Minority Speaker of the House, Rep. Paul Davis
KS Senator Pat Pettey
KS House Rep. Melissa Rooker
The theme of the 2013 legislative session is, without a doubt, control. Specifically, conservatives are seeking control over all facets of Kansas governance and public service, from our schools to our courts, from women’s bodies to primary elections.
Schools and teachers have borne the brunt of legislative efforts to restrict forward progress. Everything from court-ordered mediation on funding to minimizing collective bargaining rights for teachers is on the table at the midpoint of the Session. Not only is school funding in jeopardy because of an unnecessarily lean budget and a proposed constitutional amendment, the Legislature has seen fit to add another burden to schools in the form of a mandatory and religion infused add-on, “Celebrate Freedom Week” and a misguided take-away, prohibiting the use of common core standards.
The situation is no better when it comes to our merit-based and impartial judicial selection process. No less than eight bills are at various stages of debate and approval which would force our selection of Court of Appeals and Supreme Court justices into either a mirror of the federal system or into wholesale direct election. In a move that sidestepped a constitutional amendment, the Legislature passed a measure that would give the Governor appointing, and the Senate approving power over Court of Appeals justices.
Conservative control and curtailing of reproductive rights is hardly a surprise, but new levels of extremity seem to be at play. Some particularly egregious bills include a 70 page anti-abortion omnibus bill and a bill that would protect doctors who lie to patients about their pregnancies. Both of these will be waiting on the Governor’s desk for his signature.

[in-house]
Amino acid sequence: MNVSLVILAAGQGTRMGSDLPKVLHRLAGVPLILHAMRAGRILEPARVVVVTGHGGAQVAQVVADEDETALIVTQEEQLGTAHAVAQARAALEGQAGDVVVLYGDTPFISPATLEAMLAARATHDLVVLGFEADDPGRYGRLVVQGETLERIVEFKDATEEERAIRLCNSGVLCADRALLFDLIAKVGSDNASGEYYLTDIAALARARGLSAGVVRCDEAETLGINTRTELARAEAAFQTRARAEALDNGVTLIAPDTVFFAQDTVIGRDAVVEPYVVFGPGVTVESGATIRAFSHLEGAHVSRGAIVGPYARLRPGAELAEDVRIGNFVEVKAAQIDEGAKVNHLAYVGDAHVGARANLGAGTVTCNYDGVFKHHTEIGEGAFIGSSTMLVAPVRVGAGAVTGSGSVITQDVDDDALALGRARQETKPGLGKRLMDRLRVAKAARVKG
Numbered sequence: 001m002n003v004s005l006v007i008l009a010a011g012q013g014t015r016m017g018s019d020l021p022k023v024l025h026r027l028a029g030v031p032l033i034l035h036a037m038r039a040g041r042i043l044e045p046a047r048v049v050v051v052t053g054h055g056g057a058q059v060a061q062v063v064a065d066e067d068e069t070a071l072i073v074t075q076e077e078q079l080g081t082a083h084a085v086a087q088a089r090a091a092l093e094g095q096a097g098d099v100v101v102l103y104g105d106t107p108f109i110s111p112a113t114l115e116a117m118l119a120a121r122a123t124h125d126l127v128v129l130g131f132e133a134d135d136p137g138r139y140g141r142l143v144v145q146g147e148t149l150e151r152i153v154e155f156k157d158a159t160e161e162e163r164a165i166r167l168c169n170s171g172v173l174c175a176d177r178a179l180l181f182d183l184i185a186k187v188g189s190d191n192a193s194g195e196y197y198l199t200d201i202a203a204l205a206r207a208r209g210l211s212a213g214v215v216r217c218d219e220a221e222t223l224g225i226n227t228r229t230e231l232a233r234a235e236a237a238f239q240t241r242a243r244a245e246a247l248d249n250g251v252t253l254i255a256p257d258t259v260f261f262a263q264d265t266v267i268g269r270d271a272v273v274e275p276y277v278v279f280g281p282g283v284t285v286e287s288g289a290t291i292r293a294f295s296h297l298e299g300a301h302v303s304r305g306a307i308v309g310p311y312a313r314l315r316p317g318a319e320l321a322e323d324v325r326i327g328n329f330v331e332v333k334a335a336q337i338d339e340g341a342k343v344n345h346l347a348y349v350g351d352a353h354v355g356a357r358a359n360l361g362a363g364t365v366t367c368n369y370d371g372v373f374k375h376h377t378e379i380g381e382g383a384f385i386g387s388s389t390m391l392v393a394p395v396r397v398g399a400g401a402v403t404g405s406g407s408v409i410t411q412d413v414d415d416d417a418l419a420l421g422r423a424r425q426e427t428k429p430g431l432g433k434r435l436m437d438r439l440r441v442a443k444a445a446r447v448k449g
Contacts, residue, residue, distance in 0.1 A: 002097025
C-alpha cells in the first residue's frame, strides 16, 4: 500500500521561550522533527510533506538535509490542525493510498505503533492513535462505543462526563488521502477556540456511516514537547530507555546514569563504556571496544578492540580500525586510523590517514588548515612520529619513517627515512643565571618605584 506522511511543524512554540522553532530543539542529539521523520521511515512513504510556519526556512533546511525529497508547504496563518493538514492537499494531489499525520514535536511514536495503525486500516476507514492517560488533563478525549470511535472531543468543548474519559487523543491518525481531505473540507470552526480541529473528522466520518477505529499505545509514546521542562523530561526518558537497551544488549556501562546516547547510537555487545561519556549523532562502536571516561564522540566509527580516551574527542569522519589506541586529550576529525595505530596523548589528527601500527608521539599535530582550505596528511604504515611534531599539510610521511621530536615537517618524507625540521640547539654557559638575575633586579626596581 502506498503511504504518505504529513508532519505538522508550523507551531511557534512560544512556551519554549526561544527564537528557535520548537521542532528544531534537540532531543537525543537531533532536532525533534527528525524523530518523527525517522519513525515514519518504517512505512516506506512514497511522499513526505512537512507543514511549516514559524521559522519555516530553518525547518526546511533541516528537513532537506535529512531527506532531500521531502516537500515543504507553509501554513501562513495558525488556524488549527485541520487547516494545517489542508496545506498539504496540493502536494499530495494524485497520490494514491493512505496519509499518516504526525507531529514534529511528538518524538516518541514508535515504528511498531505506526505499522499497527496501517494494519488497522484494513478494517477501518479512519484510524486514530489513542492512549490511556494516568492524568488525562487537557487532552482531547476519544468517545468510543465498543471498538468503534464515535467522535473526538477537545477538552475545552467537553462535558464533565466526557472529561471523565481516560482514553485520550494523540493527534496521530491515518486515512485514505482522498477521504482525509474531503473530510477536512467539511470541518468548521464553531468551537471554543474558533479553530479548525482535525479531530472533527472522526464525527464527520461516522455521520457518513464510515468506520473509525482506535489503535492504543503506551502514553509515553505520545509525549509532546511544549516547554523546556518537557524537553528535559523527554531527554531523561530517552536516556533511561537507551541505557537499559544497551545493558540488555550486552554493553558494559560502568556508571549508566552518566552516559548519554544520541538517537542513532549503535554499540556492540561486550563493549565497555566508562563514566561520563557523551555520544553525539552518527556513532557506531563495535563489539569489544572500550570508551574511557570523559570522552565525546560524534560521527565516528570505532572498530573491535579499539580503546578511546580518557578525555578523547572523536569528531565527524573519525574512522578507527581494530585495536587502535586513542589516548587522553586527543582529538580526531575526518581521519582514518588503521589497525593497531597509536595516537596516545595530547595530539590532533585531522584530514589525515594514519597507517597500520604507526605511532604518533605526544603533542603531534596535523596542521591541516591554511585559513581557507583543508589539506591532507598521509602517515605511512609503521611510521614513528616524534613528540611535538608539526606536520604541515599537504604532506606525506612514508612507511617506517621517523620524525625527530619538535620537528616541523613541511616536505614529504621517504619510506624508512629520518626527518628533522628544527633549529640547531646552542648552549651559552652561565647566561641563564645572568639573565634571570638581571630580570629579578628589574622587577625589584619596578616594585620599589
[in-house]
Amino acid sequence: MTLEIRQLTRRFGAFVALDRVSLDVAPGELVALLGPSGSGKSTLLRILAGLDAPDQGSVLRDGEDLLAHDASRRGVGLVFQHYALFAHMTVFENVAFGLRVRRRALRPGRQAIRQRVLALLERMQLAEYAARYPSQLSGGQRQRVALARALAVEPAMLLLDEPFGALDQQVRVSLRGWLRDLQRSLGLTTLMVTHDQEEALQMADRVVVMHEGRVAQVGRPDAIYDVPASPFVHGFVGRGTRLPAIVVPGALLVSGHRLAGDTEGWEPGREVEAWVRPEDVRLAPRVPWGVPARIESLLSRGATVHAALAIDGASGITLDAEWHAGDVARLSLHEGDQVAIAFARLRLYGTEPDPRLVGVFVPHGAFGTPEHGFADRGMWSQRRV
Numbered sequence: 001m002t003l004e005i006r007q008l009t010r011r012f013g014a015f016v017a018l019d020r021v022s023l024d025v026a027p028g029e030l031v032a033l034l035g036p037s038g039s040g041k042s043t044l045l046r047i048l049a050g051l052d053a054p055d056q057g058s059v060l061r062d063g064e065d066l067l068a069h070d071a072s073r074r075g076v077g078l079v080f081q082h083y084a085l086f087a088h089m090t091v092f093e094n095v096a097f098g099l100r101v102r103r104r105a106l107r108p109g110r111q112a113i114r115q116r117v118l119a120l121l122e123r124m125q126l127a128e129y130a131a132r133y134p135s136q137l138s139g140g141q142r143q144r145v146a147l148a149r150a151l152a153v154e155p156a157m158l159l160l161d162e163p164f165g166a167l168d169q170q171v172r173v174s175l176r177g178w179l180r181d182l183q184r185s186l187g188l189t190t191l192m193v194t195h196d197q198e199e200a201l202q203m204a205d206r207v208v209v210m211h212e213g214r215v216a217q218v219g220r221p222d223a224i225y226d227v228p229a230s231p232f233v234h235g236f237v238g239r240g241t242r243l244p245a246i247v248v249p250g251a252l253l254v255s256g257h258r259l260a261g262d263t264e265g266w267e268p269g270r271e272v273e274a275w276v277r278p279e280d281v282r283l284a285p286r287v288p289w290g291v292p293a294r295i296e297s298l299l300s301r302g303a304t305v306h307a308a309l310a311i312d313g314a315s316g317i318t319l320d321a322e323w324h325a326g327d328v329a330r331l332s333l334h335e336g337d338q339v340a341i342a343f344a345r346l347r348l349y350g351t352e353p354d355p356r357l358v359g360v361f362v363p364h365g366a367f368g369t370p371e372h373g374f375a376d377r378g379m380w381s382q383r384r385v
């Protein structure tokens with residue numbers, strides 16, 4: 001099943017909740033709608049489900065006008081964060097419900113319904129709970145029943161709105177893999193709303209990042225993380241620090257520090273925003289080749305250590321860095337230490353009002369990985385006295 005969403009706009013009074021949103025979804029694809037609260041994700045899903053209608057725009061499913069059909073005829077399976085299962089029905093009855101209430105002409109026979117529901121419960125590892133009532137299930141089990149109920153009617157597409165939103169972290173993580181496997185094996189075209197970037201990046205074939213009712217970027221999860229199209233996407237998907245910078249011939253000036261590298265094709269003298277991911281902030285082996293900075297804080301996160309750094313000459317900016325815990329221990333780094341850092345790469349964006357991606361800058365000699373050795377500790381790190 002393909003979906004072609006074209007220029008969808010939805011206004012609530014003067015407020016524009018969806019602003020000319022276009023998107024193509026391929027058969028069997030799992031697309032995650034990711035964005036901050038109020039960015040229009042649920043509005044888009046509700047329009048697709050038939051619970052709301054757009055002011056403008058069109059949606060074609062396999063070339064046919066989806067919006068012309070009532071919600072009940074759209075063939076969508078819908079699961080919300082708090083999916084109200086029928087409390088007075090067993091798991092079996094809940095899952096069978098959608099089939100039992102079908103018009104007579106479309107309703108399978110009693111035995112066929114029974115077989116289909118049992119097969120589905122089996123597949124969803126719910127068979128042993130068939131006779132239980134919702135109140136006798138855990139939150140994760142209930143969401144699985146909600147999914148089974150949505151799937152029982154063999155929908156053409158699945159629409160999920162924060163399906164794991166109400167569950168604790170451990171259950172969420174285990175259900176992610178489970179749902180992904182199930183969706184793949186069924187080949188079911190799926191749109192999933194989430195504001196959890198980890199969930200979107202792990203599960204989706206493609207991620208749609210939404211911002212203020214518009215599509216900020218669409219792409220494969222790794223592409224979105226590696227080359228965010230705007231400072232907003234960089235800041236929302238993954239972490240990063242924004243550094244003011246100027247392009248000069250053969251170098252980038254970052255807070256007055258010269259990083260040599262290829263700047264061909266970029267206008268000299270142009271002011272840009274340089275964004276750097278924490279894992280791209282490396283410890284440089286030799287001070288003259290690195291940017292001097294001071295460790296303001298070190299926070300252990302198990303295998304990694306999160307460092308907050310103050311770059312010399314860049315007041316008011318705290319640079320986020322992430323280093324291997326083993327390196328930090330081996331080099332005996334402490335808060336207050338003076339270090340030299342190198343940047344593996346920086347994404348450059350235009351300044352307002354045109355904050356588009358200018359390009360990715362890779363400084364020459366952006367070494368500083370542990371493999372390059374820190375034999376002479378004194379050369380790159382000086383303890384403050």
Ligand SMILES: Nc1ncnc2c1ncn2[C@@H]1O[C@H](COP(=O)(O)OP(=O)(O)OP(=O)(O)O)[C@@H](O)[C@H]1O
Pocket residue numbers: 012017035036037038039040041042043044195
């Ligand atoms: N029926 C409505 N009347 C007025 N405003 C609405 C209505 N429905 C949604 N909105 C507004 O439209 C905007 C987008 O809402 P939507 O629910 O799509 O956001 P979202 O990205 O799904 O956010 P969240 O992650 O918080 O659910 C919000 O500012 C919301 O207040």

Voting the legislators, who advocate for such laws, out of office in primaries could become much more difficult, thanks to a bill passed by the House which would prohibit party switches between June 1 and mid-September. Other election-related bills pushed by Secretary of State Kris Kobach include proposals to make all elections partisan (school board, municipal, etc.) and mandating that all elections take place in November.
It’s a difficult legislative environment for champions of moderation, local control, and civic engagement, but the MainStream Coalition continues to be a voice of reason for the Northeast corner of the state and beyond.
This event is co-hosted by Colonial Church.